Gov. Tim Walz said Friday that his stay-at-home order has been successful in slowing the spread of the COVID-19 virus in Minnesota but that “the danger is still here,” as he urged residents to keep up the efforts.

“I want to be just very clear. I know these actions are painful,” Walz said in a 23-minute live video address on Friday afternoon. “They’re painful both social-isolation wise, and they are painful economically to many of you. The stress and disruption you’re feeling is unprecedented.”

It’s been a week since Walz implemented the mandatory stay-at-home order, requiring Minnesotans to remain in their homes for all but a few essential reasons, shuttering most businesses and closing schools likely for the remainder of the academic year.

Walz said he understands that for many Minnesotans, worry may be compounded by not knowing when the current measures will end or understanding the plan behind them. To that end, he unveiled a website,, with a dashboard of information on the spread of the illness in Minnesota and steps the state is taking to mitigate the health and economic impact.

The site, to be updated daily, includes latest counts of how many Minnesotans have been confirmed to have COVID-19 and in what counties, number of fatalities and number of people who have recovered, and tips on trying to avoid catching it.

It also includes links to resources for those suffering economic challenges, and Walz said the site would also include updates on the state’s inventory of ventilators and other medical equipment that’s important to both treatment and reducing the spread of the disease.

“A lot of folks are not putting out this information, because they are afraid it will create a sense of panic,” Walz said. “You can see on here, we need more of these things. We need to continue to get them, we need them produced, we need the supply chain to work. It’s no secret either that there’s somewhat of a disconnect between the federal strategic stockpile, and what the states have.”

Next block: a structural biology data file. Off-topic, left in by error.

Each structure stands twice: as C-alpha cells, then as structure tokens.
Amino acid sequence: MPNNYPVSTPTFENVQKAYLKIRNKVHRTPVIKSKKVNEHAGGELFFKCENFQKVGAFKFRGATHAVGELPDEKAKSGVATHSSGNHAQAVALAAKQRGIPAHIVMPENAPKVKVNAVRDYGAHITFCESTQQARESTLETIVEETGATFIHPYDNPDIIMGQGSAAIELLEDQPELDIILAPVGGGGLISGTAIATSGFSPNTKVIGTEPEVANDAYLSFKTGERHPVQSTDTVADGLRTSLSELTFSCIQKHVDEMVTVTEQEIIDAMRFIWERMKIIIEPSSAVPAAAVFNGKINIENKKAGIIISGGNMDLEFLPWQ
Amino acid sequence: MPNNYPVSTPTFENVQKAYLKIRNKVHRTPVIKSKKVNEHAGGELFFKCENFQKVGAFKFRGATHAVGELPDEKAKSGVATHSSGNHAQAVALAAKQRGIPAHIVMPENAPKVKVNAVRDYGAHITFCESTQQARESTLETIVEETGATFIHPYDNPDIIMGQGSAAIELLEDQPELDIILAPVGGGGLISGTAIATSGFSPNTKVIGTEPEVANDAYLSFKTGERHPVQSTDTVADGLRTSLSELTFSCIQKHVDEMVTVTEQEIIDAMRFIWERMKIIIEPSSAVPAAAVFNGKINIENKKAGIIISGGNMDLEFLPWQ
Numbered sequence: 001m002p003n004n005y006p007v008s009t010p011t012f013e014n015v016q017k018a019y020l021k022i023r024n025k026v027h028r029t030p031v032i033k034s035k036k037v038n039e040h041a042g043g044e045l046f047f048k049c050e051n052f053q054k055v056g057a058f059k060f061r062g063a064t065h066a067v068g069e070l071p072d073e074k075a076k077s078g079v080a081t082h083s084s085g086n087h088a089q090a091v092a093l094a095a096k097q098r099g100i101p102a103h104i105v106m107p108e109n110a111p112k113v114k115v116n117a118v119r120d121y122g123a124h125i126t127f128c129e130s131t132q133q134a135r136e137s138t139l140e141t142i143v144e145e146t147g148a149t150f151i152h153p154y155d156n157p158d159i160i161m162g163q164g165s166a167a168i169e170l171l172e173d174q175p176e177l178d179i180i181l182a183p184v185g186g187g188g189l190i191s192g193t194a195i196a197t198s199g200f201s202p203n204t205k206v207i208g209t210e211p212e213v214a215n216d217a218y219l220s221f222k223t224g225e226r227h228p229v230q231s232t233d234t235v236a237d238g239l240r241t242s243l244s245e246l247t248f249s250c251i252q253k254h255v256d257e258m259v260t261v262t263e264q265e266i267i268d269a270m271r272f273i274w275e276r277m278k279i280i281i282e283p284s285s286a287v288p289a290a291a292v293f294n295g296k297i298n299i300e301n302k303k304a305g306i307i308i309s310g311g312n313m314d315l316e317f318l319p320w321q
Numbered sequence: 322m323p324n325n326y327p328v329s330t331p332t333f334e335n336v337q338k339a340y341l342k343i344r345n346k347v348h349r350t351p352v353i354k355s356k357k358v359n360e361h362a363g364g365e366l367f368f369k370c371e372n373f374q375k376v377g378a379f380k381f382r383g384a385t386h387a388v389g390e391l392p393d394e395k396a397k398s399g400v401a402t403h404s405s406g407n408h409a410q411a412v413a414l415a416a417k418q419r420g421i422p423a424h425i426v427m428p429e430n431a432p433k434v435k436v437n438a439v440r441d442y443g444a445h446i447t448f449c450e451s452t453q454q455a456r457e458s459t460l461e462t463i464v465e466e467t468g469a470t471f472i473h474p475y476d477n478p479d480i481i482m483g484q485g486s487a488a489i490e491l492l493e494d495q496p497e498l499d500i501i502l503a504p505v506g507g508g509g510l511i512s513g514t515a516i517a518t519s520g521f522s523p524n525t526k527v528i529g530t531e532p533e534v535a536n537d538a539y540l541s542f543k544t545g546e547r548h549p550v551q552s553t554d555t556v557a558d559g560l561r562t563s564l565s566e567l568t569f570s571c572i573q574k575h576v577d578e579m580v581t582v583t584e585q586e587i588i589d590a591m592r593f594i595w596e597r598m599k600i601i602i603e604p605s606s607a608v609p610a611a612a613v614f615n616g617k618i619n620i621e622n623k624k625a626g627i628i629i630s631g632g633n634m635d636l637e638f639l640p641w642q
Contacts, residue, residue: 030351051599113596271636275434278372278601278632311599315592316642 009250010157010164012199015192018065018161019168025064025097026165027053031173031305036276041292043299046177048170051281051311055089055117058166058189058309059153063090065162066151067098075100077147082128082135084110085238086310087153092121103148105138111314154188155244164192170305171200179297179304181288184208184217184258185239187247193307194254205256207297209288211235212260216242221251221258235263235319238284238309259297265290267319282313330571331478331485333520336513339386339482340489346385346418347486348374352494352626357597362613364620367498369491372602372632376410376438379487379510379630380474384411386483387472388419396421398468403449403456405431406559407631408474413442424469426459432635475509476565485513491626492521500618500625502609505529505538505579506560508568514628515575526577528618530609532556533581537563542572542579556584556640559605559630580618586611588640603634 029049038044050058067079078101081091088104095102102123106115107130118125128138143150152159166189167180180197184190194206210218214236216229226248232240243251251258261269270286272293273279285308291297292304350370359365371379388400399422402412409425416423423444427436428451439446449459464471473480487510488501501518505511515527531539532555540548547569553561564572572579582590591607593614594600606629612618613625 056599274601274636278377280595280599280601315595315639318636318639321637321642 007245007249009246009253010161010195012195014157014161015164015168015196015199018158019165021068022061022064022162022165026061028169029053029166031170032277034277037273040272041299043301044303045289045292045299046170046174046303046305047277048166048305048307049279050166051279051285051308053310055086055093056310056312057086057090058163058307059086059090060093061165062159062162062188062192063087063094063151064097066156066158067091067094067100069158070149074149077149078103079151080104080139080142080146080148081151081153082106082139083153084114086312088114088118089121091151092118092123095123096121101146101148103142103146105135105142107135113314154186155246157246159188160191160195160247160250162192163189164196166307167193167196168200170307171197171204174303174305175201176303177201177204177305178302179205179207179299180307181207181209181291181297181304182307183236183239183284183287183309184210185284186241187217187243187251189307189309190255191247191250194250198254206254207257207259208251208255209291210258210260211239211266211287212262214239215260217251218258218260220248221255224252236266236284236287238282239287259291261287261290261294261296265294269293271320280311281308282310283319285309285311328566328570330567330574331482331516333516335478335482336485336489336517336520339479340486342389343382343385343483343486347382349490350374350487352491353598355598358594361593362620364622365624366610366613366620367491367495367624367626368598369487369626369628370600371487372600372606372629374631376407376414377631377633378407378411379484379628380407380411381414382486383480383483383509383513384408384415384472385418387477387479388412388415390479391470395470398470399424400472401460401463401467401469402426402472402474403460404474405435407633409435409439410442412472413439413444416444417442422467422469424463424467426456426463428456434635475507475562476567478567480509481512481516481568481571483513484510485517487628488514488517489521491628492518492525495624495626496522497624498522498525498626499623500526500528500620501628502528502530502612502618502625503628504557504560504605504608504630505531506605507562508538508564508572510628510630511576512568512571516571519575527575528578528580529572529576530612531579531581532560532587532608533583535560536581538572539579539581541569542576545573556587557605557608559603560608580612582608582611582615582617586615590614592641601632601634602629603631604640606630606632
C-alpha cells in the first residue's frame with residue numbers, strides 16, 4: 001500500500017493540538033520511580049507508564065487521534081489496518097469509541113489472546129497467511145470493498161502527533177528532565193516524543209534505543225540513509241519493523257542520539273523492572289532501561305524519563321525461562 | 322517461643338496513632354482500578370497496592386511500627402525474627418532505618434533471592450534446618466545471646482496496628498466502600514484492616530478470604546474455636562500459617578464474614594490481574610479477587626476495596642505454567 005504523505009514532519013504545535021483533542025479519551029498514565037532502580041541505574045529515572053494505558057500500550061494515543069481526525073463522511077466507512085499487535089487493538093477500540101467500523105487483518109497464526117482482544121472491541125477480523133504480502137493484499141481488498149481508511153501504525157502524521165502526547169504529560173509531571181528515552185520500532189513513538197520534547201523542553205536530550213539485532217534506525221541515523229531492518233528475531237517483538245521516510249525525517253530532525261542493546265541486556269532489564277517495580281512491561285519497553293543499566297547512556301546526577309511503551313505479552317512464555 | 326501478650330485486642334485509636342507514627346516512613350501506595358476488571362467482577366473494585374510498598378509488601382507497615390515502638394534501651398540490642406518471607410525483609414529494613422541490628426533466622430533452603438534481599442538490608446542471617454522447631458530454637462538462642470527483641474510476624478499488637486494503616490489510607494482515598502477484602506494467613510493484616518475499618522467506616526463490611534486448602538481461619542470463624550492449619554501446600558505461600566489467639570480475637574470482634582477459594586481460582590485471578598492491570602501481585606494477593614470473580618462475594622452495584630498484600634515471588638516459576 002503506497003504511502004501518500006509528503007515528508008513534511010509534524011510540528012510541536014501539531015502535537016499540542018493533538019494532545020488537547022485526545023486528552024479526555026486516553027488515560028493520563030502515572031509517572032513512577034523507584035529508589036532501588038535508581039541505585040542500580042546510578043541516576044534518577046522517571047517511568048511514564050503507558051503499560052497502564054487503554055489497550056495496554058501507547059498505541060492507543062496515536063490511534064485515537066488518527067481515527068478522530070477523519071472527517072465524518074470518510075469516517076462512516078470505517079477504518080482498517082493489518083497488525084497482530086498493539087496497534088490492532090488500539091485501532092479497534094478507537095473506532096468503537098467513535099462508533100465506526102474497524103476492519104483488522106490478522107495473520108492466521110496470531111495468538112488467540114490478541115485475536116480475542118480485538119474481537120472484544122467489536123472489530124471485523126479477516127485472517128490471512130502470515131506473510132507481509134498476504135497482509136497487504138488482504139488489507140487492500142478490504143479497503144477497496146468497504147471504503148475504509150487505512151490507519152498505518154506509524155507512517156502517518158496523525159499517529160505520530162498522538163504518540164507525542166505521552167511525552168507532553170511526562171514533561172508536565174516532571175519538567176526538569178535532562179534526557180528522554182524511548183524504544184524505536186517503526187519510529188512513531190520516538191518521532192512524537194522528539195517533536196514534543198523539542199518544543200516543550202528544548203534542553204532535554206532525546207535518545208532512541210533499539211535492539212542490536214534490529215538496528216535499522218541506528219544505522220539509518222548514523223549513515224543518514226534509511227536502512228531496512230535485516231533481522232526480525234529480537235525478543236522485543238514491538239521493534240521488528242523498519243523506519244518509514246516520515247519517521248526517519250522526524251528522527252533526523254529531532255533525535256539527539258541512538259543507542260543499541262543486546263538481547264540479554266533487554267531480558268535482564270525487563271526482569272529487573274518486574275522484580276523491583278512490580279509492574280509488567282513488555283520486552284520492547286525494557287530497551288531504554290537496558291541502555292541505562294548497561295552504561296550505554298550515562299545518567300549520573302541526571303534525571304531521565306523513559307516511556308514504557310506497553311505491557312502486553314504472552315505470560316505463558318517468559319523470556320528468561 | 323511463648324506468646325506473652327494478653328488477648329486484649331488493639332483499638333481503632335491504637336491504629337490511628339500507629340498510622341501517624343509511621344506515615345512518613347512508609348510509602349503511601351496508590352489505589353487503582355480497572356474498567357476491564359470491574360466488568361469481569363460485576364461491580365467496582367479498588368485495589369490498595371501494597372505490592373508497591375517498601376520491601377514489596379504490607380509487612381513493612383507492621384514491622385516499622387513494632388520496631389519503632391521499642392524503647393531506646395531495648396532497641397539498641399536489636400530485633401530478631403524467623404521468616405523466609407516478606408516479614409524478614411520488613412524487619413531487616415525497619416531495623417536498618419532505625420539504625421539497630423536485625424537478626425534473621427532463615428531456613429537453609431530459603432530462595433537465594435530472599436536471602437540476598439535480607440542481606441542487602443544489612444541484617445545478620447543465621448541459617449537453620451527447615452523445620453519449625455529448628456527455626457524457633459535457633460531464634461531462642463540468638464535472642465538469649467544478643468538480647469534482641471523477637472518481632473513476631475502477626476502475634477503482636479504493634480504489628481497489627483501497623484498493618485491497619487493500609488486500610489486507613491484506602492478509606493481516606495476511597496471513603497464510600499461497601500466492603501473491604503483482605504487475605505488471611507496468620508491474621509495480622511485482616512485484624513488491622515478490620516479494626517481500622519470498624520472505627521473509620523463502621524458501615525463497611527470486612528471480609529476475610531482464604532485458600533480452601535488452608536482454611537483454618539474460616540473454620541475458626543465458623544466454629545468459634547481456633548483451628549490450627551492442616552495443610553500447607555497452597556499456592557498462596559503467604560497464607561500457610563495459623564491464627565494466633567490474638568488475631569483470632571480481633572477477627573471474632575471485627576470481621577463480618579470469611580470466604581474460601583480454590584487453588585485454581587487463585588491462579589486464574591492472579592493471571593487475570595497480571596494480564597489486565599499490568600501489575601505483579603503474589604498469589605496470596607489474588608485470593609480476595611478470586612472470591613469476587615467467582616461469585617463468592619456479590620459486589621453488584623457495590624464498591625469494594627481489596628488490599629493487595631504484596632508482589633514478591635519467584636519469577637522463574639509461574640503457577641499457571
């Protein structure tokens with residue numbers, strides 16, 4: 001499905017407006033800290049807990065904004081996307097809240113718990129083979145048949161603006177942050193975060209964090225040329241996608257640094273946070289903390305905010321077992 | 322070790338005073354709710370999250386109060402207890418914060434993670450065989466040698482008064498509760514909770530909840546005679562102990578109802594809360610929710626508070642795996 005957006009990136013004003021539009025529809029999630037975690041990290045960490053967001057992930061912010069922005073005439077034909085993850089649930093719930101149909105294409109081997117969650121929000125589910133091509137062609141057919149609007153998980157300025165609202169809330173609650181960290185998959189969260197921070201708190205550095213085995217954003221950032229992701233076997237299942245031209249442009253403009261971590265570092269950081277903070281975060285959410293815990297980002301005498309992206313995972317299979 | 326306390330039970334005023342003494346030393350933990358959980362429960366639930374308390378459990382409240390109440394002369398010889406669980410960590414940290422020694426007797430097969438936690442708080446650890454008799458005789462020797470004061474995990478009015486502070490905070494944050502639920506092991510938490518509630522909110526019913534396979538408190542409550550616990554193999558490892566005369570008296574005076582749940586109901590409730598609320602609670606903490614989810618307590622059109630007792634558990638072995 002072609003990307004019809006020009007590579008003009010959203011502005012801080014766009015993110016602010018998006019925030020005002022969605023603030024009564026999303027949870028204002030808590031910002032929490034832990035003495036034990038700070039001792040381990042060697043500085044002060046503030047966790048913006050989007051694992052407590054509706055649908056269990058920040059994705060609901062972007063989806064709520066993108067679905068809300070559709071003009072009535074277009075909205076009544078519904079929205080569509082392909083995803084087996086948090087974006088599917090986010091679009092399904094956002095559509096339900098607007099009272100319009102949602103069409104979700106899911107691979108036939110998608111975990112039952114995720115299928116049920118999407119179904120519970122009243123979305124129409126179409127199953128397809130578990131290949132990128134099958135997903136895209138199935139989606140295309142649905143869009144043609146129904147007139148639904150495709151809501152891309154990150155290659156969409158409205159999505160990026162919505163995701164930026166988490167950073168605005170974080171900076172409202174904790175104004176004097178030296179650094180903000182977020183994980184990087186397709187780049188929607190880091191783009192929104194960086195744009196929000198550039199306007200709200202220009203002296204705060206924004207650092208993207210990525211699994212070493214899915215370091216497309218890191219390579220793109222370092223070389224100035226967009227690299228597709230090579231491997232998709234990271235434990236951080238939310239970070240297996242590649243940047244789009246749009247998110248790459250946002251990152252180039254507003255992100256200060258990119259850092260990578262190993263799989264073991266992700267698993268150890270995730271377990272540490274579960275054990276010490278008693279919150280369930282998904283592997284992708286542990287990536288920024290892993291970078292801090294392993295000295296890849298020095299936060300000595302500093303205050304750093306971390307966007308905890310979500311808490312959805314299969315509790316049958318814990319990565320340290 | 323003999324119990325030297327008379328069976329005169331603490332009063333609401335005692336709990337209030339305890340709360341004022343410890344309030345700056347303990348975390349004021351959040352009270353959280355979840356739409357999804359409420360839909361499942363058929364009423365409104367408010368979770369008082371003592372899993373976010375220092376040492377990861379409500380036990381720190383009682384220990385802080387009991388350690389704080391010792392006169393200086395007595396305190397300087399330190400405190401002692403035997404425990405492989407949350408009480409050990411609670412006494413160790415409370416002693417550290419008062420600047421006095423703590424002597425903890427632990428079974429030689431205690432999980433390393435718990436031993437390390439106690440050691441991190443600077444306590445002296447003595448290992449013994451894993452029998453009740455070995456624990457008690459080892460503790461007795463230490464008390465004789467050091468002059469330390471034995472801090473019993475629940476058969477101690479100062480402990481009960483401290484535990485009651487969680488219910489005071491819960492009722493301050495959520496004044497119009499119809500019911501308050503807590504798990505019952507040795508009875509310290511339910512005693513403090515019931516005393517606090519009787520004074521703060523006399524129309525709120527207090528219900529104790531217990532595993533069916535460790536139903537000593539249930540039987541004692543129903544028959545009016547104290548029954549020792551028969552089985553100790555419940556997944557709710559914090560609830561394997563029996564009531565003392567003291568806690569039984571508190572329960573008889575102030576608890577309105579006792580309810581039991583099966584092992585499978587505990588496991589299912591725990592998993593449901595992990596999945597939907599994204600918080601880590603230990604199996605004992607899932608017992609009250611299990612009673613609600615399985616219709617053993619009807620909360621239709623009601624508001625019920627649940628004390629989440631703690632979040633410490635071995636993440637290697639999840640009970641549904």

Walz said a major focus of his current work is obtaining those needed supplies. The stay-home and social-distancing orders, by slowing the rate of infection, are giving the state more time to make those procurements, he said.

“You are buying us the time,” Walz said. “So you have an expectation, if you’ve given us that time, what is it buying us?”

He also praised the support he has received in the Legislature, where some GOP lawmakers have voiced concerns about the impact of his school and business closings on the state economy. He promised to adjust his mandates to changing conditions. “We will never allow ideology to get in the way of the facts,” Walz said. “If facts change that don’t support the ideology, we’re changing the ideology.”

He also made an oblique reference to the disputes that have emerged between the Trump administration and the nation’s governors over the availability of critical ventilators. “It’s no secret that there’s somewhat of a disconnect between the federal strategic stockpile and what the states have,” Walz said. “My job as governor is to find a way to get these, and that’s what we’re doing.”